I'm so excited to welcome my lovely friend Rachel Noble to my blog this time! Rach is one of the first friends I made in the kidlit community, and I'm so pleased to see what an amazing reception her gorgeous debut picture book, Finn's Feather (amazingly illustrated by Zoey Abbott, and published by Enchanted Lion Books) is having right now. Let's take it away with the Q&A...

 Can you tell us a bit about your book, and the themes/issues it explore?

Finn's Feather cover.jpg

One day, Finn discovers an amazing white feather right on his doorstep. It’s obviously from Hamish, his brother who is now an angel. He’s sure of it. Finn excitedly tells his mum, but she just takes a deep breath and gives him a big hug. He also tells his teacher, who gives him a big smile. Why aren’t they excited, too? The feather is amazing! Fortunately, his friend Lucas gets it. Hamish wants Finn to have fun with the feather!

What follows is a grand day of fun and friendship, inspired by the best brother ever! ‘Finn’s Feather’ explores loss and grief from the perspective of a child. Although the theme is a heavy one, the book is not, it will leave you feeling lighter, brighter and full of hope.

What was the inspiration behind writing this particular story, and did it change much as you were writing it?

My inspiration was my late son Hamish who passed away in 2012. I was also inspired by the challenges my other children faced in the wake of our tragedy. I wanted more from the books on offer. I wanted them to dig a little deeper.

My inspiration never changed but as the book progressed, I started to think more about every child and what they could gain from the book and I quickly realised it was just as valuable to a child who isn’t grieving.

How do you hope readers will connect with the book, and/or what do you want them to take away from it?

For grieving children, I hope they take away comfort and hope and the belief that the ones we love (who are taken from us), never actually leave us. I also hope that other children feel an urge to comfort someone who is going through something challenging.

Biggest challenges in writing this story, or in getting it published?

I have been very fortunate with this story. A few publishers saw its potential right from the beginning (when it was a little scrappier!). I knew I wanted the best for this one, which is why I approached Enchanted Lion. I knew they would take it where it needed to go.

Finn's Feather inside spread.jpg

Are there any tidbits from the publishing process of this book that you could share with regards to working with the publishers and/or the illustrator?

Be patient. Sometimes you have to wait longer than you’d like to get the outcome you’re looking for. ‘Finn’s Feather’ was worth the wait.

Do you have any suggestions on ways parents, teachers, librarians, booksellers and readers can get more out of the book? For example, questions to discuss or ponder, activities to complete etc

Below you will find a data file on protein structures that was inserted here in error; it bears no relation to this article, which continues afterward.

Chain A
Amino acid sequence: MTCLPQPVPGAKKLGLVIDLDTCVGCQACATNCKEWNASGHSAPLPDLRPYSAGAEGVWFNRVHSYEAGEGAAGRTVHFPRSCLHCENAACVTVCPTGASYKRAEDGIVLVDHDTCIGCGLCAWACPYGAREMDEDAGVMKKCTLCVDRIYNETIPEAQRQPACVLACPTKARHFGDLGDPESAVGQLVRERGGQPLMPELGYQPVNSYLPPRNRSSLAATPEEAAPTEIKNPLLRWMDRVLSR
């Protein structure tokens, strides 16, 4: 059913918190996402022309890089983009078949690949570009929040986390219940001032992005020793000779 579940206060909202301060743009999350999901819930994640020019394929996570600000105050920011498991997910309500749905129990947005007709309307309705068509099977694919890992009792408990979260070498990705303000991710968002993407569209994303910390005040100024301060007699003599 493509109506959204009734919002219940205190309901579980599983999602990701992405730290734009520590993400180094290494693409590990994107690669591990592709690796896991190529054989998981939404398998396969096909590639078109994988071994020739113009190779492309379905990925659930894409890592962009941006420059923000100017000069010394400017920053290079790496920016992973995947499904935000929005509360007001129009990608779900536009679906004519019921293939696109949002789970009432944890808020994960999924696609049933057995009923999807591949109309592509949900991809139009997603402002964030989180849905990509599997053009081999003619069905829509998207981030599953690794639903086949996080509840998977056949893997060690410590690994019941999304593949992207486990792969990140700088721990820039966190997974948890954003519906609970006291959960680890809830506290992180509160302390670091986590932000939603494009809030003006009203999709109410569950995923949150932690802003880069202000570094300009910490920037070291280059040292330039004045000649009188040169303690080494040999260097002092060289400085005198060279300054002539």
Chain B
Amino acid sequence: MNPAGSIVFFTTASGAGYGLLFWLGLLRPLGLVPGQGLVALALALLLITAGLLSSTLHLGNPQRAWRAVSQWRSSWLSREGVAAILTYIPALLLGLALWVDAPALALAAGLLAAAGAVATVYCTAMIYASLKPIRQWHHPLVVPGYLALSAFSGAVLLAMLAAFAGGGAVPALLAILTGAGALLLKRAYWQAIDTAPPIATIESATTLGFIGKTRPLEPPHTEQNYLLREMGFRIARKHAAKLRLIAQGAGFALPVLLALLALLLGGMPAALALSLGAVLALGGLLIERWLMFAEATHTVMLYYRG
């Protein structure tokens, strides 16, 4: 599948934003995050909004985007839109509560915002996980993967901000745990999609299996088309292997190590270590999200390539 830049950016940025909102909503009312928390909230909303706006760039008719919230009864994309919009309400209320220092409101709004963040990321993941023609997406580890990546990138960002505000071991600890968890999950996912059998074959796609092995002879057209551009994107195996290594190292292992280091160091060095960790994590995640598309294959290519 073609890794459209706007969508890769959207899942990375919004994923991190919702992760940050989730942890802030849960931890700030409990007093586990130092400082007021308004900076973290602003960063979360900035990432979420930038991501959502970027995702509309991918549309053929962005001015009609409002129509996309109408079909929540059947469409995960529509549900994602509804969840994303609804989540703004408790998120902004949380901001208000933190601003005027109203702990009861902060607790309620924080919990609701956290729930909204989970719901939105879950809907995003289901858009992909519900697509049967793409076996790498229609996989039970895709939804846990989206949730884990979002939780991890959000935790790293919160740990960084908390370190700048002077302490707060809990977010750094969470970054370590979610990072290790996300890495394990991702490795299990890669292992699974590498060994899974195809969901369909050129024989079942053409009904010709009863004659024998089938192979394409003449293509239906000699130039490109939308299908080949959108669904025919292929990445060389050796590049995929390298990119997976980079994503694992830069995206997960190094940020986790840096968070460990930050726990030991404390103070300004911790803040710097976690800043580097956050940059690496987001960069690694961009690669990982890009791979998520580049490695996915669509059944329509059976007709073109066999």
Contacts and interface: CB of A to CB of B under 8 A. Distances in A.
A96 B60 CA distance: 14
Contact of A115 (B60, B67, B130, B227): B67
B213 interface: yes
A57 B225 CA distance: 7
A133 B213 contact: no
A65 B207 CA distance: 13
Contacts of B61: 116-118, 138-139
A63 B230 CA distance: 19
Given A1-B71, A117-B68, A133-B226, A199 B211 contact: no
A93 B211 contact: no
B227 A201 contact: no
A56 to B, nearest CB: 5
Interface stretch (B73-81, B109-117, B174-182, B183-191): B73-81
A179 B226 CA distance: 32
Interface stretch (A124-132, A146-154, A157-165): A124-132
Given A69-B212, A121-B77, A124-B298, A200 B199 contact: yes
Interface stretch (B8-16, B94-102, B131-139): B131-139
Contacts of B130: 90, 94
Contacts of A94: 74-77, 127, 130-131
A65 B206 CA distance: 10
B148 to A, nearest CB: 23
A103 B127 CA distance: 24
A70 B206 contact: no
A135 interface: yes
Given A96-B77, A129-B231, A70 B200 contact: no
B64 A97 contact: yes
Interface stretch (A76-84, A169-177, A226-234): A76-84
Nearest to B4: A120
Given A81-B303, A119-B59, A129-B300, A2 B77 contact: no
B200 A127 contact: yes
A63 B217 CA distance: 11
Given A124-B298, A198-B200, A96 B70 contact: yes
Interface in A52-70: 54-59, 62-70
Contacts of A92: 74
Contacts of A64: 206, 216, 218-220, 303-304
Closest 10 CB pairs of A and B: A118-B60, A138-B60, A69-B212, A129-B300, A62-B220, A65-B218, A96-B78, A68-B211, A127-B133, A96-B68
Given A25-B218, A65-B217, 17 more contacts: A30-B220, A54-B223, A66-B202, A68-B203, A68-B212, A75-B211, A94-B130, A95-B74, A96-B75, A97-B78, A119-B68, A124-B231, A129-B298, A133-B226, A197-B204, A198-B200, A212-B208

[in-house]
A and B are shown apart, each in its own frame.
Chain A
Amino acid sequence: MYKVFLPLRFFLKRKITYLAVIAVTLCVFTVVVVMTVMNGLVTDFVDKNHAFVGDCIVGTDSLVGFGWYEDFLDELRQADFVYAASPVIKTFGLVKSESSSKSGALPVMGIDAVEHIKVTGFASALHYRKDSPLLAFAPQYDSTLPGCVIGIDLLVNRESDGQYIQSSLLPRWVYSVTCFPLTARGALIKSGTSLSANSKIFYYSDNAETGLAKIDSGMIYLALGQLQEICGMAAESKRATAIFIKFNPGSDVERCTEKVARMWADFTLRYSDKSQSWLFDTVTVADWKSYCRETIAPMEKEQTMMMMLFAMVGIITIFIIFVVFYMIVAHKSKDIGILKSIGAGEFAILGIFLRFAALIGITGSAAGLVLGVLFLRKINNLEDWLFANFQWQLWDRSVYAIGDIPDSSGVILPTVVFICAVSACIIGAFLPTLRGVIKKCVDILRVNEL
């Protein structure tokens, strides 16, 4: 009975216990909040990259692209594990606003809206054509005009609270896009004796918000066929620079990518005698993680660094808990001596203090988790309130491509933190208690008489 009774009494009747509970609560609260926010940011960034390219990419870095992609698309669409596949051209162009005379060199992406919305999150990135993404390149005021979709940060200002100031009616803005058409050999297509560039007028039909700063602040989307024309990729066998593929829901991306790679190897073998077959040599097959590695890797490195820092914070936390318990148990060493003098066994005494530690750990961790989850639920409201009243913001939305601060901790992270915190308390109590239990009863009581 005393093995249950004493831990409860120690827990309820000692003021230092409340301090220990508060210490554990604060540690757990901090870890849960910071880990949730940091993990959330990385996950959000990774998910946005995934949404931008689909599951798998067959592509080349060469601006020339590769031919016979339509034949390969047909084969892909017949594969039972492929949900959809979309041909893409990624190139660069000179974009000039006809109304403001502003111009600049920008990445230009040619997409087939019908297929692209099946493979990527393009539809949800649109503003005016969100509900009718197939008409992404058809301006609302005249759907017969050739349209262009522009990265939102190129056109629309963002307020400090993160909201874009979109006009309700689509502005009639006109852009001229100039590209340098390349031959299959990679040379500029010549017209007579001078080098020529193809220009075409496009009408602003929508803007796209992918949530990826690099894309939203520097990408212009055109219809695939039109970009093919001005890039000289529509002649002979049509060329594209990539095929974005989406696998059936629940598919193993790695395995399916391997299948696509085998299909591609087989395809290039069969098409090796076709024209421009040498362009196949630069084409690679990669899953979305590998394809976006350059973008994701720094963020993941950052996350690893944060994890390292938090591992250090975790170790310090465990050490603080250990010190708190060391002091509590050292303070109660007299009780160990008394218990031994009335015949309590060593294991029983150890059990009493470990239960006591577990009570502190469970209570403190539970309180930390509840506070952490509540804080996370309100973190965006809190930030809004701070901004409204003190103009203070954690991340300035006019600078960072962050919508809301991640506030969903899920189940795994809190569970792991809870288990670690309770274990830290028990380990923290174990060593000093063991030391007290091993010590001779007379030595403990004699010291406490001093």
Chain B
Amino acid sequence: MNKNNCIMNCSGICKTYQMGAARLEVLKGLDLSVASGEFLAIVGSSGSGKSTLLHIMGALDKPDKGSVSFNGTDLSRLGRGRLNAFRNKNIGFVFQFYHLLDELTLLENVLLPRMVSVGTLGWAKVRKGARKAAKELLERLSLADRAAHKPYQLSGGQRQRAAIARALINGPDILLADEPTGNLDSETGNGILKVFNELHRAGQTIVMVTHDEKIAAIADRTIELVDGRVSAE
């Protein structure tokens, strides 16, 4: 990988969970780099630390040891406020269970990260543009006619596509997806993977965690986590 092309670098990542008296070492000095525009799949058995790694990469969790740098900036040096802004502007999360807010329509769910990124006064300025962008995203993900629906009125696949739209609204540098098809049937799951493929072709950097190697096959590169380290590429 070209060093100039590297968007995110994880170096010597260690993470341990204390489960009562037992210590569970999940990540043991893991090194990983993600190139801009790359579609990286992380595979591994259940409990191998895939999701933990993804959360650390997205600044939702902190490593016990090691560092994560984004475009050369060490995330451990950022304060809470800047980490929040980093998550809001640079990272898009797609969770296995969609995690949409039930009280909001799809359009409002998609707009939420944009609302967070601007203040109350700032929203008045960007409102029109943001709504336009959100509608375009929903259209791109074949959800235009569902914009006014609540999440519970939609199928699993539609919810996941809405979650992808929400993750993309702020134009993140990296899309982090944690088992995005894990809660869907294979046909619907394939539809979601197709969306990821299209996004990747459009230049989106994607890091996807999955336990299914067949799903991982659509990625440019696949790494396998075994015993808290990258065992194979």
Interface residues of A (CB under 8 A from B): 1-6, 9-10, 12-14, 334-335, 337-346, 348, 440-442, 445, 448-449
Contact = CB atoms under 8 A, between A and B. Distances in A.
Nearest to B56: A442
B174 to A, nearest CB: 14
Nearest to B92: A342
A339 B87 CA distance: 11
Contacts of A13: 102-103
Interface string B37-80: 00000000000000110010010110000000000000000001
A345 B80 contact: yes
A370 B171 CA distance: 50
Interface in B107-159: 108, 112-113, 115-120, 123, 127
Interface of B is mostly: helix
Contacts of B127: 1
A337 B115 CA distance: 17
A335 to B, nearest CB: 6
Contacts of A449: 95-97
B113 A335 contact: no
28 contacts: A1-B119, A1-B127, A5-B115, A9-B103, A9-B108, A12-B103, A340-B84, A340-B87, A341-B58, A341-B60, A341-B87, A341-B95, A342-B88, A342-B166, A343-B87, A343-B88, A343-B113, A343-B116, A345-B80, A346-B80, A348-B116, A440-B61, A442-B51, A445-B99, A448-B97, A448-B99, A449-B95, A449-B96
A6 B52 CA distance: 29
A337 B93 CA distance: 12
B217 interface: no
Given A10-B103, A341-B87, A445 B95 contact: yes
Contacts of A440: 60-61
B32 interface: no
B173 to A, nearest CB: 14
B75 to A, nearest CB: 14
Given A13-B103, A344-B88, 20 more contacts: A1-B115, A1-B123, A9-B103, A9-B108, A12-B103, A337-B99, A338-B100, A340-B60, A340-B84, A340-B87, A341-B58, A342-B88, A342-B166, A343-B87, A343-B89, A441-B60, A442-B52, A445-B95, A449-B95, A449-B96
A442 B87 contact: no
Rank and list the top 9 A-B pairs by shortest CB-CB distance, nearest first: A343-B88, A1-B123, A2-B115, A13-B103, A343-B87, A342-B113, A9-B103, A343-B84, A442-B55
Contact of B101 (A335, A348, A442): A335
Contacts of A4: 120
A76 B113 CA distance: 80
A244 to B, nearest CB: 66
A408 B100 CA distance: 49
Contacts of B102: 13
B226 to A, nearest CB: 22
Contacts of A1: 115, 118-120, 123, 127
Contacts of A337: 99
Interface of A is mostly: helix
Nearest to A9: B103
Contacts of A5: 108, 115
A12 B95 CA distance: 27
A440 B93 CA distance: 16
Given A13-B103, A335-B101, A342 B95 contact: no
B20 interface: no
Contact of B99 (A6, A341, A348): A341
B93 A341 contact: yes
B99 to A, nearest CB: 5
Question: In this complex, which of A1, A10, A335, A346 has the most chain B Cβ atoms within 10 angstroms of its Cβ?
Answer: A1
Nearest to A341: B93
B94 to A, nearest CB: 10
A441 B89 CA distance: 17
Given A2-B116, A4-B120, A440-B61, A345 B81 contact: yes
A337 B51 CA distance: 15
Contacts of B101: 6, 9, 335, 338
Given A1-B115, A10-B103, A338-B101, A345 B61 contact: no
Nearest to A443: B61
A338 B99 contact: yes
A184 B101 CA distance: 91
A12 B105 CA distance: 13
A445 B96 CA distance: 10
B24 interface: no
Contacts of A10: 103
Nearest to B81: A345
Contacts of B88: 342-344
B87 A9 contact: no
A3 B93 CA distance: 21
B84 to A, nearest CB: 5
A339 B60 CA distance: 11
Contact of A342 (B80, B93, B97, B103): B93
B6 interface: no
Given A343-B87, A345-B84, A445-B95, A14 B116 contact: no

I would suggest looking at the Teachers’ Notes for Finn’s Feather. You can find them here:

What influences do you think shape your writing?

I’m driven by big emotions and feelings. I have written a few humourous books, but I’m definitely pulled to write stories that help children navigate big emotions and issues.

Can you let us in on any sneak peeks into your next books or other projects?

Nothing I can talk about yet! But I am in discussions about future books. Fingers crossed I can talk about them soon!

Do you have a favourite children's book (or top three) that you can never get enough of? What about a favourite book character?

I love Raymie Nightingale from Kate Di Camillo. I love how she simply and effectively reaches the heart of her stories. I was a massive fan of Anne of Green Gables growing up. I loved her sass and her temper!

Can you tell us something not a lot of people know about you?

To be honest, I’m a bit of an over-sharer, so I’m pretty much an open book. But I struggle sometimes, and I don’t think a lot of people see the struggle. The loss of a child is life-changing.

Where do you do your writing, and do you have any particular rituals in your creative process?

I used to write by candlelight at night, and I loved that but with four children and a busy household, I don’t get to do that anymore! So I’m afraid, I’ve had to forgo rituals and just squeeze it in when I can!

What got you into creating books?

It’s something I probably never would have attempted if it wasn’t for Hamish. After he passed away, it became a compulsion. I was also encouraged to write by agent, Selwa Anthony. I also feel an urge to write picture books. A lot of them I write for Hamish.

Do you have some tips for other creatives?

Know what you want and be persistent. Also, allow rejection to be a part of the process. Unfortunately, that’s par for the course. Also find friends in the same boat as you.

What about a favourite word or quote?

She stood in the storm, and when the wind did not blow her way, she adjusted her sails. Elizabeth Edwards.